Document Detail

Carotid baroreceptor stimulation, sympathetic activity, baroreflex function, and blood pressure in hypertensive patients.
MedLine Citation:
PMID:  20101001     Owner:  NLM     Status:  MEDLINE    
In animals, electric field stimulation of carotid baroreceptors elicits a depressor response through sympathetic inhibition. We tested the hypothesis that the stimulation acutely reduces sympathetic vasomotor tone and blood pressure in patients with drug treatment-resistant arterial hypertension. Furthermore, we tested whether the stimulation impairs the physiological baroreflex regulation. We studied 7 men and 5 women (ages 43 to 69 years) with treatment-resistant arterial hypertension. A bilateral electric baroreflex stimulator at the level of the carotid sinus (Rheos) was implanted > or =1 month before the study. We measured intra-arterial blood pressure, heart rate, muscle sympathetic nerve activity (microneurography), cardiac baroreflex sensitivity (cross-spectral analysis and sequence method), sympathetic baroreflex sensitivity (threshold technique), plasma renin, and norepinephrine concentrations. Measurements were performed under resting conditions, with and without electric baroreflex stimulation, for > or =6 minutes during the same experiment. Intra-arterial blood pressure was 193+/-9/94+/-5 mm Hg on medications. Acute electric baroreflex stimulation decreased systolic blood pressure by 32+/-10 mm Hg (range: +7 to -108 mm Hg; P=0.01). The depressor response was correlated with a muscle sympathetic nerve activity reduction (r(2)=0.42; P<0.05). In responders, muscle sympathetic nerve activity decreased sharply when electric stimulation started. Then, muscle sympathetic nerve activity increased but remained below the baseline level throughout the stimulation period. Heart rate decreased 4.5+/-1.5 bpm with stimulation (P<0.05). Plasma renin concentration decreased 20+/-8% (P<0.05). Electric field stimulation of carotid sinus baroreflex afferents acutely decreased arterial blood pressure in hypertensive patients, without negative effects on physiological baroreflex regulation. The depressor response was mediated through sympathetic inhibition.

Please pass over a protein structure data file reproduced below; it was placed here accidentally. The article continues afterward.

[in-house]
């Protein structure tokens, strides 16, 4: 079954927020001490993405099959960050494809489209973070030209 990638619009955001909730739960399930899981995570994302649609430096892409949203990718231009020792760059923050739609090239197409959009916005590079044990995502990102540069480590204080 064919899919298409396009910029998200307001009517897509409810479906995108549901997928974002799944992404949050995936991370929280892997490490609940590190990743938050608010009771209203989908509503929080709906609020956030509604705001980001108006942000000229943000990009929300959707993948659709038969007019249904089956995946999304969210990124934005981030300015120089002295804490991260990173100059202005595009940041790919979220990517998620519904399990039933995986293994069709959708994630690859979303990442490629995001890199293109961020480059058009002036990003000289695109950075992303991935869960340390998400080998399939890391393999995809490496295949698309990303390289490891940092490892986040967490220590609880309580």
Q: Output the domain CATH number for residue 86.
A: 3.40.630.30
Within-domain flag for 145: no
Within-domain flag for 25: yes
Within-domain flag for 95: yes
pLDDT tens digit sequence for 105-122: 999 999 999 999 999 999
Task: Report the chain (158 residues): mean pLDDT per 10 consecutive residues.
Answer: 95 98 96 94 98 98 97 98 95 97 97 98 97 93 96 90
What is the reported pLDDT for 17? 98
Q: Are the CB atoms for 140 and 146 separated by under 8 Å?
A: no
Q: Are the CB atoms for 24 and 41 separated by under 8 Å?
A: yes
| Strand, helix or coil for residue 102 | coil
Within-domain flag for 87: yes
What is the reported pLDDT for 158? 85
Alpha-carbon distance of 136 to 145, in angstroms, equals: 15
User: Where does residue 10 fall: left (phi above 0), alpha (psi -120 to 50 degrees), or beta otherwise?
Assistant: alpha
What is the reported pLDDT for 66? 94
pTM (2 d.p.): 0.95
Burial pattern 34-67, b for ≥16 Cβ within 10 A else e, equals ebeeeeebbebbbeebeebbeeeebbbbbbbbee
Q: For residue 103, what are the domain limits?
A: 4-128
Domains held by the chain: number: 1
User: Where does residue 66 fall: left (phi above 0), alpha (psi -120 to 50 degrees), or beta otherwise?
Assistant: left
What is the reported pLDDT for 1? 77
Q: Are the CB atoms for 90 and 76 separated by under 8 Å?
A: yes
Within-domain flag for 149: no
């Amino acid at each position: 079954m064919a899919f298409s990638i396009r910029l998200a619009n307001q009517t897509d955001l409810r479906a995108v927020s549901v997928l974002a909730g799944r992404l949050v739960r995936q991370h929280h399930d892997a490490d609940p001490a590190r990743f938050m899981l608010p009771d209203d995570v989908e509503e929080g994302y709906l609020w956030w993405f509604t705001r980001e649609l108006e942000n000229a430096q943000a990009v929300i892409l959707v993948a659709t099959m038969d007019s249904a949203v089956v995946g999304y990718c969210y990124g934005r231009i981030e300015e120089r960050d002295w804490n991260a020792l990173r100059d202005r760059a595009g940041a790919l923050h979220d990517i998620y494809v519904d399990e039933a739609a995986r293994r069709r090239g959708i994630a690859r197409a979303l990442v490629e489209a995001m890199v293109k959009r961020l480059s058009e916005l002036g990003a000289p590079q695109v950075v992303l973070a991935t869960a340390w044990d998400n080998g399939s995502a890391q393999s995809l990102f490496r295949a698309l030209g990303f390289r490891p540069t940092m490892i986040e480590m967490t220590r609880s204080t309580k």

Karsten Heusser; Jens Tank; Stefan Engeli; Andr? Diedrich; Jan Menne; Siegfried Eckert; Tim Peters; Fred C G J Sweep; Hermann Haller; Andreas M Pichlmaier; Friedrich C Luft; Jens Jordan
Publication Detail:
Type:  Clinical Trial; Journal Article; Multicenter Study     Date:  2010-01-25
Journal Detail:
Title:  Hypertension     Volume:  55     ISSN:  1524-4563     ISO Abbreviation:  Hypertension     Publication Date:  2010 Mar 
Date Detail:
Created Date:  2010-02-19     Completed Date:  2010-03-18     Revised Date:  -    
Medline Journal Info:
Nlm Unique ID:  7906255     Medline TA:  Hypertension     Country:  United States    
Other Details:
Languages:  eng     Pagination:  619-26     Citation Subset:  IM    
Institute of Clinical Pharmacology, Hannover Medical School, Hannover, Germany.
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MeSH Terms
Antihypertensive Agents / therapeutic use
Baroreflex / physiology
Blood Pressure / physiology*
Carotid Sinus / innervation*
Drug Resistance / physiology
Electric Stimulation Therapy / methods*
Feasibility Studies
Heart Rate / physiology
Hypertension / drug therapy,  physiopathology*,  therapy*
Middle Aged
Neural Inhibition / physiology
Pressoreceptors / physiology*
Prospective Studies
Renin / blood
Stroke Volume / physiology
Sympathetic Nervous System / physiology
Reg. No./Substance:
0/Antihypertensive Agents; EC
Comment In:
Hypertension. 2010 Mar;55(3):607-9   [PMID:  20100993 ]

From MEDLINE®/PubMed®, a database of the U.S. National Library of Medicine

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